Lot # 618 1964 Ford Galaxie 500 2-Dr. Hardtop; S/N 4D66C127517; Skylight Blue, White roof/Blue vinyl with cloth inserts; Unrestored original, 3+ condition; No Reserve; Hammered Sold at $18,000 plus commission of 10.00%; Final Price $19,800. – 289/195hp 2-barrel, column shift 3-speed, wheel covers, whitewalls, dash clock, factory radio. – Represented with 39,962 original miles and as a totally original car. The engine bay is showing its age but appears to have always been maintained with fresh hoses and wires. The paint has a handful of small chips and scratches, but looks fantastic and it’s hard to believe it’s as old as it is. The interior shows some light aging but no wear to speak of. This is a fantastic time capsule car that should never be restored. – This car also sold for $17,600 at Barrett-Jackson Scottsdale this year. Neither result recognizes the remarkable level of preservation, and the new owner could have spent closer to 25 grand without overpaying even with the mundane drivetrain.
Lot # 755 2005 Ford GT Coupe; S/N 1FAFP90S15Y401888; Centennial White, Blue stripes/Black; Unrestored original, 2 condition; No Reserve; Hammered Sold at $255,000 plus commission of 10.00%; Final Price $280,500. – All four options (stripes, BBS wheels, painted calipers, McIntosh stereo). – Represented with 10,600, which is high mileage in the world of Ford GTs. Nevertheless, it presents like a new car, just like they all do. – The only things distinguishing this car from other GTs that come to auction are its paint color and the mileage on its odometer. The Vegas bidders took the mileage into account and bid it to a price that can be considered modest but not cheap relative to other recent sales.
Lot # 99.1 1969 Ford Mustang Convertible; S/N 9R03F169203; Blue/Black vinyl; Visually maintained, largely original, 3+ condition; No Reserve; Hammered Sold at $16,000 plus commission of 10.00%; Final Price $17,600. – 302/220hp, automatic, wheel covers, narrow whitewalls, boot cover, bucket seats, floor shift, Philco radio, power steering, power top. – Represented as a two-owner car with 98,349 miles. Single repaint and newer top, but otherwise original. The paint is average quality, and there is a large touch up on the right side of the hood as well as a long scratch near the passenger’s door handle. Uneven gaps. Dull brightwork and taillight lenses. Dull, slightly faded gauges but mostly very good original interior. Well-kept and dry underneath. A mostly unremarkable first gen Mustang showing 98,349 miles, but it’s fundamentally sound and would make for a fun attention-grabbing weekend driver as-is. – A basic, honest car bought for basic money.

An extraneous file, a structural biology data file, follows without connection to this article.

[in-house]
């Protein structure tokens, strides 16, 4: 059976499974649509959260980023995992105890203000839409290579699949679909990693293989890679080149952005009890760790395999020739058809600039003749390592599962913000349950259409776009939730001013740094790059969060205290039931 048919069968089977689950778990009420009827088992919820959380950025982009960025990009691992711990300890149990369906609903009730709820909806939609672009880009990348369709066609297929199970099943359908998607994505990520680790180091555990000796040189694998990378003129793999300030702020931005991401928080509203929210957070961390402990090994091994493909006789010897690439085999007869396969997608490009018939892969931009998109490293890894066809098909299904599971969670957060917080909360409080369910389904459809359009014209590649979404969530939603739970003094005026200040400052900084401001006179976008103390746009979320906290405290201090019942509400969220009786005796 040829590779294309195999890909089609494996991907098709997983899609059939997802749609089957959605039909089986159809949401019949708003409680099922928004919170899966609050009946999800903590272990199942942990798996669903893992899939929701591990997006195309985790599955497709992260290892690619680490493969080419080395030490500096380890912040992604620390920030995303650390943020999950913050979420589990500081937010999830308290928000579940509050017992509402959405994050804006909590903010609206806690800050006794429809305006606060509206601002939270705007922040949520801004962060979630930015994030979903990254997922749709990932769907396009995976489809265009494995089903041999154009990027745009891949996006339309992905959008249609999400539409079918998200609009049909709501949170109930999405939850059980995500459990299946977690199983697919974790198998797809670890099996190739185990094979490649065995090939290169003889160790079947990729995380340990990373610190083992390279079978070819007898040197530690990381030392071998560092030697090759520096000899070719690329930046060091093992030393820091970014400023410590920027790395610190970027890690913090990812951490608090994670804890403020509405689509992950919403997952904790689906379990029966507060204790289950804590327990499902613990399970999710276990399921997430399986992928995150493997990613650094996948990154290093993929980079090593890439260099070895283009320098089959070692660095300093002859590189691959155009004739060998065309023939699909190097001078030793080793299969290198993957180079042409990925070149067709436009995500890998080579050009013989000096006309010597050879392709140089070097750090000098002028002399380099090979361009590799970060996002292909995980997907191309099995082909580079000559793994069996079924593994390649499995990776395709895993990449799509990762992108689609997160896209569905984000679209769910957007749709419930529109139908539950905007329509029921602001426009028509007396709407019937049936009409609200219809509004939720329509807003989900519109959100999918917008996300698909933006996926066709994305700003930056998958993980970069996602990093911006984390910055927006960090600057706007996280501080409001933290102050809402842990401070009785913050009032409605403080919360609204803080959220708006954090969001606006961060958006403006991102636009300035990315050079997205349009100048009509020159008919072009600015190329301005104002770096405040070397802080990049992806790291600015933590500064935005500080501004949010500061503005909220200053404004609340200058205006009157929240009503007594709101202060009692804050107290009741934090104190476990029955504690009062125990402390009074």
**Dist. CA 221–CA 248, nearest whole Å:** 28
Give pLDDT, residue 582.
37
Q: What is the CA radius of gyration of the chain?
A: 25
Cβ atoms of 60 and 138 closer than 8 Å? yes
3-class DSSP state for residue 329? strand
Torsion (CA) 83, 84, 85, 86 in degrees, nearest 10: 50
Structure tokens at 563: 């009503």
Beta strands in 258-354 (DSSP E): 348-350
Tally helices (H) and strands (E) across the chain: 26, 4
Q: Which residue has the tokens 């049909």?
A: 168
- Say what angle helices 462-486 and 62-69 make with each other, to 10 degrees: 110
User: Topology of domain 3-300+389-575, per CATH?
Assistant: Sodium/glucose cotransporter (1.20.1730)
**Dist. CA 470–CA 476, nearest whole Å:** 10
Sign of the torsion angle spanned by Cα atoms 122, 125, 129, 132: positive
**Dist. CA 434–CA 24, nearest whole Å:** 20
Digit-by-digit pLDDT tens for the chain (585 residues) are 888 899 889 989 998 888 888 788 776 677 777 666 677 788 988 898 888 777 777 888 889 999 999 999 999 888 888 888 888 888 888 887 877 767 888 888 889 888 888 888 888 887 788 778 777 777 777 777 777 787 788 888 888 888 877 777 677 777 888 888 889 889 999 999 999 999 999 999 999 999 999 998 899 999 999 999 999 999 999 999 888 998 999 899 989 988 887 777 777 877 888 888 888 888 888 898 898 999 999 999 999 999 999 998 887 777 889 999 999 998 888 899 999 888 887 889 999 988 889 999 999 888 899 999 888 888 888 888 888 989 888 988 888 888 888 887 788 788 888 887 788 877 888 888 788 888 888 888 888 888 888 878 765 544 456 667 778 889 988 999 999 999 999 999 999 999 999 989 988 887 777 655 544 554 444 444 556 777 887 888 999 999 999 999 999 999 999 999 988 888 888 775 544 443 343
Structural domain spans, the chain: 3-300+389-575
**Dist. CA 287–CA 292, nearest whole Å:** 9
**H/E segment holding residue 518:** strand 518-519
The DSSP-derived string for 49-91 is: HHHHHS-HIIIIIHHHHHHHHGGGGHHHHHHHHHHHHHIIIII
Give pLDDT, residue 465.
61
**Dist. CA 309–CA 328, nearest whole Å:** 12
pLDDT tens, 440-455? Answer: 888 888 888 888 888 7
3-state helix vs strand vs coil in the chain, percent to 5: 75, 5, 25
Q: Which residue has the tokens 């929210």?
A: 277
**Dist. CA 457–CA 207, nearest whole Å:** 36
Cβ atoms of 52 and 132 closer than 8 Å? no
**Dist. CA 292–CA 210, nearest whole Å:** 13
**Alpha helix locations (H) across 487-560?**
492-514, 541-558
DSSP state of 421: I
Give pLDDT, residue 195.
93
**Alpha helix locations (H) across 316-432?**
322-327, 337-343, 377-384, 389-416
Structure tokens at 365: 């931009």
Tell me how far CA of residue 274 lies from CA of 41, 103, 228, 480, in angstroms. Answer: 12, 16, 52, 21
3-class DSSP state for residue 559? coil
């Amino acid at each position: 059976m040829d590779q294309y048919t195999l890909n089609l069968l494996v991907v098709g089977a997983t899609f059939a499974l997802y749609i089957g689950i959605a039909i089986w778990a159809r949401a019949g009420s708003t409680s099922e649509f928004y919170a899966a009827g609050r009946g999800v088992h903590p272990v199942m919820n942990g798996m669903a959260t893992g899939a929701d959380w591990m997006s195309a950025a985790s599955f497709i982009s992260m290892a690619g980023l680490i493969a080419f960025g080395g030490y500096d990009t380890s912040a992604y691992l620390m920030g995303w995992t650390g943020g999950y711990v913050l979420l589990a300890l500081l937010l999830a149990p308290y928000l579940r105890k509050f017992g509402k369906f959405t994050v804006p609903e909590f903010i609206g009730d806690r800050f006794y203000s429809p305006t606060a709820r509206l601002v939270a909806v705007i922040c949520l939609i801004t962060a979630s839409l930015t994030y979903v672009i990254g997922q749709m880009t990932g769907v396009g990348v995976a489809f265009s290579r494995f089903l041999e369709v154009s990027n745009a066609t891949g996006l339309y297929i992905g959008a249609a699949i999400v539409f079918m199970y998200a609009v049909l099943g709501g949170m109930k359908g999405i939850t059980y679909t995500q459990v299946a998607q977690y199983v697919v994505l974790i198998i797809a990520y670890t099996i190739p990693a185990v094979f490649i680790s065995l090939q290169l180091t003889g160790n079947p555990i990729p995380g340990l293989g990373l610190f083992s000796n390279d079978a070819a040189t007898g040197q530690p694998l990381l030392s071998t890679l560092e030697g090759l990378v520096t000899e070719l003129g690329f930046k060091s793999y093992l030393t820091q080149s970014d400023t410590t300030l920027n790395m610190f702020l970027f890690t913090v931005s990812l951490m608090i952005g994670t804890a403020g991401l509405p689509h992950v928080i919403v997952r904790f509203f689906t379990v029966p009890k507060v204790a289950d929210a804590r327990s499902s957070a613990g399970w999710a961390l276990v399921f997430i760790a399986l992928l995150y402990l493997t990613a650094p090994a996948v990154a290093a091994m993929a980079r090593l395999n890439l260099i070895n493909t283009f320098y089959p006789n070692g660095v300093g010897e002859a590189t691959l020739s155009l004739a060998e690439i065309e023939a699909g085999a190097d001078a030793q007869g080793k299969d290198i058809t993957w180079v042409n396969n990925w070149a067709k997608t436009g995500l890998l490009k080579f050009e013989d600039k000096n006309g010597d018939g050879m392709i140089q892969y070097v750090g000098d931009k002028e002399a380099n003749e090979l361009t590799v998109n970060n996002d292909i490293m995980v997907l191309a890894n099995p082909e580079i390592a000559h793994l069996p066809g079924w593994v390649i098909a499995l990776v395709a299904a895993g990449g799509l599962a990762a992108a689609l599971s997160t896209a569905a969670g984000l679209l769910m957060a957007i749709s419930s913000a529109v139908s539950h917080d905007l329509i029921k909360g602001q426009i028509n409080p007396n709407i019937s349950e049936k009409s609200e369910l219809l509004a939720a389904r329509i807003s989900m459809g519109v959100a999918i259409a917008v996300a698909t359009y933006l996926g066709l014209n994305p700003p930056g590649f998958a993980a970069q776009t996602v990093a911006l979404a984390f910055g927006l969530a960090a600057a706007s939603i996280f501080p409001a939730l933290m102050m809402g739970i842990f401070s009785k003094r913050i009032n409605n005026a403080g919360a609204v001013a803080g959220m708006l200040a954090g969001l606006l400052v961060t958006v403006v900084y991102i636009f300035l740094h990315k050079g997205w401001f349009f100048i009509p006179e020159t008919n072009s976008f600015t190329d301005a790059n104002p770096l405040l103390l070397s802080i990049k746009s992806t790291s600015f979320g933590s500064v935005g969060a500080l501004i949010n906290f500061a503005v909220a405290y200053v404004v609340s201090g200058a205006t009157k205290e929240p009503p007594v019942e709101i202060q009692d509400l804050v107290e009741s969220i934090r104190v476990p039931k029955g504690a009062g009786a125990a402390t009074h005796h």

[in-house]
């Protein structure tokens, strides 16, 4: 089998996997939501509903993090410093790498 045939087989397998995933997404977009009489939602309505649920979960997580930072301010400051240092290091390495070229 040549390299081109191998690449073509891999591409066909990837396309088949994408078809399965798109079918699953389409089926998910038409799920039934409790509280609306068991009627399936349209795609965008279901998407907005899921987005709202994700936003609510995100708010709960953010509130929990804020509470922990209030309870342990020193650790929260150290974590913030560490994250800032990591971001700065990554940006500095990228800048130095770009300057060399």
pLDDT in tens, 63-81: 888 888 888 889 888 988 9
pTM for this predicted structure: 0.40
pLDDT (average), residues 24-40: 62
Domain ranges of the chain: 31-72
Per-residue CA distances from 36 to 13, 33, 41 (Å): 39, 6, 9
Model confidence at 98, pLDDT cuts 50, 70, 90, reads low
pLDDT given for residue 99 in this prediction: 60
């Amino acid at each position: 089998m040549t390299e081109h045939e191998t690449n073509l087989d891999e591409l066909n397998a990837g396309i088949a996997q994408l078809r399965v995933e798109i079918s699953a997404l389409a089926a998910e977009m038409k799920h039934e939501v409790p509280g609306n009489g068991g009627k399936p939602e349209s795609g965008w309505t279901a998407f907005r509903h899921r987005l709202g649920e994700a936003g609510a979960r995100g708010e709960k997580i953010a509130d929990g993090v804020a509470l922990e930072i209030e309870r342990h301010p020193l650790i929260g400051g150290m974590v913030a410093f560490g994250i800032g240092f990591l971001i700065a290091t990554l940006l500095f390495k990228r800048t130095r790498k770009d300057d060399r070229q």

Lot # 371 1971 Ford Mustang Mach 1 SportsRoof; S/N 1F05H190027; Red, Black/Red, Black; Modified restoration, 2- condition; No Reserve; Hammered Sold at $40,000 plus commission of 10.00%; Final Price $44,000. – 351/240hp, automatic, Radial T/A tires, spoilers, console, floor shift, dash clock, pushbutton radio, Edelbrock intake, Holley 4-barrel, power steering, power brakes, modern air conditioning, modern aluminum radiator, Elite Marti report documented. – Tidy restored engine bay and underbody. Good older paint and chrome. Scratched up rear window and window frame. Very good newer upholstery and carpets, but the gauges are cloudy and dull. Restored, but some corners were cut and the Edelbrock/Holley intake suggests more than a few modifications, which is understandable given the relatively modest value. – Sold for $25,850 at Barrett-Jackson Orange County in 2012. Prices haven’t seen much movement for these cars in the past five years, so if the 2012 result was a bit modest then this price borders is nothing but generous even with A/C and all the other options.
Lot # 308 1968 Ford Thunderbird Landau Coupe; S/N 8J84N118408; White, Black vinyl roof/Red vinyl; Visually maintained, largely original, 3+ condition; No Reserve; Hammered Sold at $6,000 plus commission of 10.00%; Final Price $6,600. – 429/360hp, automatic, wheel covers, narrow whitewalls, bucket seats, console, column shift, power windows. – Parked from 1984 until 2011, then mechanically restored. Showing 48,852 miles. Very good original paint with only a handful of small chips. Small dent in the right front fender. The underbody is sound but unrestored. The engine bay is showing age but has been restored and cleaned up. Very good, very lightly worn original interior. This car has the benefit of the barn find look but fresh mechanicals underneath. – Bought for project car money, but someone else has gone to the trouble of doing the hard mechanical work already, making this a solid deal.